In 1963, the world watched as a series of events unfolded in Birmingham, Ala., that showed the best and worst of humanity and helped bring forth desegregation in the United States. Fifty years later, that same city has launched another series of events — commemorative events to celebrate progress, as well as remember and honor those who fought, and even died, so freedom would triumph.
|Birmingham Civil Rights Institute|
Once again, the world is watching Birmingham.
In 1963, children were held in jail for days, Rev. Martin Luther King, Jr. penned his famous “Letter from the Birmingham Jail” and four little girls were killed in church by a bomb planted by the Ku Klux Klan. In the end, what happened in Birmingham has been largely credited with building the pressure needed to bring about the Civil Rights Act of 1964 that made segregation illegal.
50 Years Forward — a partnership among city officials, businesses, nonprofits and universities to commemorate the seminal events of the U.S. Civil Rights Movement — offers locals and visitors a year of concerts that feature gospel choirs and Grammy winners, visual exhibitions that pay homage to that time through paintings and photographs, galas to honor the foot soldiers and freedom riders, plays that tell the stories behind the story and much more.
In a city that was once the face of segregation, people of all colors are finding history, entertainment, perspective and inspiration by celebrating 50 years of progress together.
The downtown Civil Rights District was the stage for much of the Movement activities. Today, it is home to the 58,000 square foot Birmingham Civil Rights Institute where images, music and interviews tell the story of what happened during the Movement. The historic Sixteenth Street Baptist Church, the site where on Sept. 15, 1963, four little girls were killed by a bomb planted by the Ku Klux Klan, opens its door to visitors from around the world. The Birmingham Civil Rights Heritage Trailleads visitors along the steps taken by the foot soldiers Geographic photographs and dramatic cut-outs in the designs of the signs adds to the rich experience.
|UAB's Alys Stephens Performing Arts Center|
The University of Alabama at Birmingham (UAB), considered a mecca of diversity that boasts a population that mirrors the global community, has invited a host of renowned speakers, authors, artists and educators to pay tribute and examine the racial, legal, economic and artistic effects of the Movement.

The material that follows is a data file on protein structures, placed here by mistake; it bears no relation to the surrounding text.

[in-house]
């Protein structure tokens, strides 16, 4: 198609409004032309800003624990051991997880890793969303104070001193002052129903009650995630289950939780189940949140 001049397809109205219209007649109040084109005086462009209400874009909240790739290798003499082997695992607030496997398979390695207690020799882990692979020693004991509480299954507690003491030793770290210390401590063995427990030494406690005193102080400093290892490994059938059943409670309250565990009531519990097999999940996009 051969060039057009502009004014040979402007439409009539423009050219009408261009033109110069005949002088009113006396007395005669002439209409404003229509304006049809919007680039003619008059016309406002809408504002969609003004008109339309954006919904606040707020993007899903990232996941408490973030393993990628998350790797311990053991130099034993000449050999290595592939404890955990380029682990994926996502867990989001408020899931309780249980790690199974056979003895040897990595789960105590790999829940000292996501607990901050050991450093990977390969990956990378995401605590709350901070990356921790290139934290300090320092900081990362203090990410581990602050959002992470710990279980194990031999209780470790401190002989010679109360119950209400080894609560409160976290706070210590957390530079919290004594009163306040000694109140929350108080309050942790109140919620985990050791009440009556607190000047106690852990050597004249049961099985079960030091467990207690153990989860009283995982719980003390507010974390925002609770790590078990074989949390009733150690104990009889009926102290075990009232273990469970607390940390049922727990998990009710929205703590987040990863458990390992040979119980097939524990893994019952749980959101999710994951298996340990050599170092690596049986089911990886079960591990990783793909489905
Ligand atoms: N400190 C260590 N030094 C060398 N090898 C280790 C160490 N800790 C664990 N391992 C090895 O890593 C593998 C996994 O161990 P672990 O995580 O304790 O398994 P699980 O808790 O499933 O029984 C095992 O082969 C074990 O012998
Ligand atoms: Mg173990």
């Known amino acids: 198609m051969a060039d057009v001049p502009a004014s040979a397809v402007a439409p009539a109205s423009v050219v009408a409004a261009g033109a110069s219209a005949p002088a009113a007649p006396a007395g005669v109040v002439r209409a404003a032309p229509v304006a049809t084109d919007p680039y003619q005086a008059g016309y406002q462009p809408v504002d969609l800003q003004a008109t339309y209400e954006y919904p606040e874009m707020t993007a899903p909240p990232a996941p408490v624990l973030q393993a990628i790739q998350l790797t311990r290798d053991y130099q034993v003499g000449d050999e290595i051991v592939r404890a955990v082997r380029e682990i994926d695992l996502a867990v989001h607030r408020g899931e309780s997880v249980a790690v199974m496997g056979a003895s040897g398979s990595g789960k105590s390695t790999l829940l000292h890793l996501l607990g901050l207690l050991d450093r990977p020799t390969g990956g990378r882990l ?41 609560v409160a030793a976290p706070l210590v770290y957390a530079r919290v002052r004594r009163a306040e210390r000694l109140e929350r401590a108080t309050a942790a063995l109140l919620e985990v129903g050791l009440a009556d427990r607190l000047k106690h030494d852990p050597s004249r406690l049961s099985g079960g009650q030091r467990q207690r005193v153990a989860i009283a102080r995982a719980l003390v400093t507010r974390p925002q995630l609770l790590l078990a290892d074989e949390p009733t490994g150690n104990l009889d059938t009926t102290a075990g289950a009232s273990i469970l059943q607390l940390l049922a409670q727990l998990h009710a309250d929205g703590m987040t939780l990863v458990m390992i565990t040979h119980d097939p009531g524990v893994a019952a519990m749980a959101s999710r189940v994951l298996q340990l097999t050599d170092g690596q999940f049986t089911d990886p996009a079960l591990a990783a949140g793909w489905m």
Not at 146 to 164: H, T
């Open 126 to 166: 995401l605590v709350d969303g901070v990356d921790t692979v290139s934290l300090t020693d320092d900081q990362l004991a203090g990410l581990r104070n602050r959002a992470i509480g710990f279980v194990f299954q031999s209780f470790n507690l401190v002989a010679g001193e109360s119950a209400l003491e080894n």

“Here, on what is one of our nation’s most diverse campuses, the commemoration of the events of 1963 takes on a special meaning,” Birmingham Mayor William Bell said. “Here at UAB, where the four little girls were taken to the emergency room after that bombing; here, where a hospital, cafeterias and academic programs were integrated deftly and without violence.”
50 Years Forward at UAB will feature a series of important speakers, including Martha Nussbaum, one of the nation’s most important human rights philosophers, and Eric Foner, the Pulitzer-prize winning historian. In September, Bob Adelman, the photographer who traveled with Martin Luther King Jr. will bring his civil rights photography to UAB’s Visual Arts Institute. The events are free and open to the public.
UAB will present the world premiere of a new work for orchestra and choir, “A More Convenient Season,” co-commissioned by UAB’s Alys Stephens Performing Arts Center (ASC) and philanthropist Tom Blount. The work, by composer Yotam Haber, will premiere on Sept. 21, and will be performed by the Alabama Symphony Orchestra and Sixteenth Street Baptist Church youth choir. The work will incorporate archival film, photographs and historical sound recordings from the Civil Rights Movement in Alabama, with gospel melodies, hymns and protest songs. For more information and a comprehensive listing of events and attractions, visit www.fiftyyearsforward.com.
The city itself is a perfect backdrop to welcome a world of visitors to the commemoration. Known for award-winning restaurants, visitors feast on authentic Southern cuisine from hole-in-the-wall gems to upscale James Beard award finalists. The city landscape offers parks and play areas for family gatherings. At places like Sloss Furnaces, where steelworkers once toiled, there is now historical recognition, arts classes, events and tours. Red Mountain Park and Trails, which once was home to miners and their families, now has miles of hiking and biking trails as well as a zip-line tours for the adventurous tourist or resident.
Just a short drive from Atlanta, Jackson and Nashville, a trip to Birmingham is a perfect one-day or even weekend family getaway. The Birmingham-Shuttlesworth International Airport operates 110 flights daily to 39 airports in 36 cities, with 18 non-stop flights to cities including Chicago, Baltimore, Charlotte, Miami, Houston, Detroit, St. Louis, New Orleans, Las Vegas and New York. Daytrips from Birmingham include: The University of Alabama in Tuscaloosa, where Governor George Wallace famously stood in the schoolhouse door; Selma, the site of Bloody Sunday; and Montgomery, where the Rosa Parks Museum is a must-see.
Many Birmingham-area hotels offer commemoration-themed packages. The historic Tutwiler Hotel features an audio tour of Birmingham history with 42 photographs including civil rights heroes Rev. Fred Shuttlesworth, King and the Rev. Ralph Abernathy. The hotel also has a Birmingham Civil Rights Institute package that includes tickets to the museum.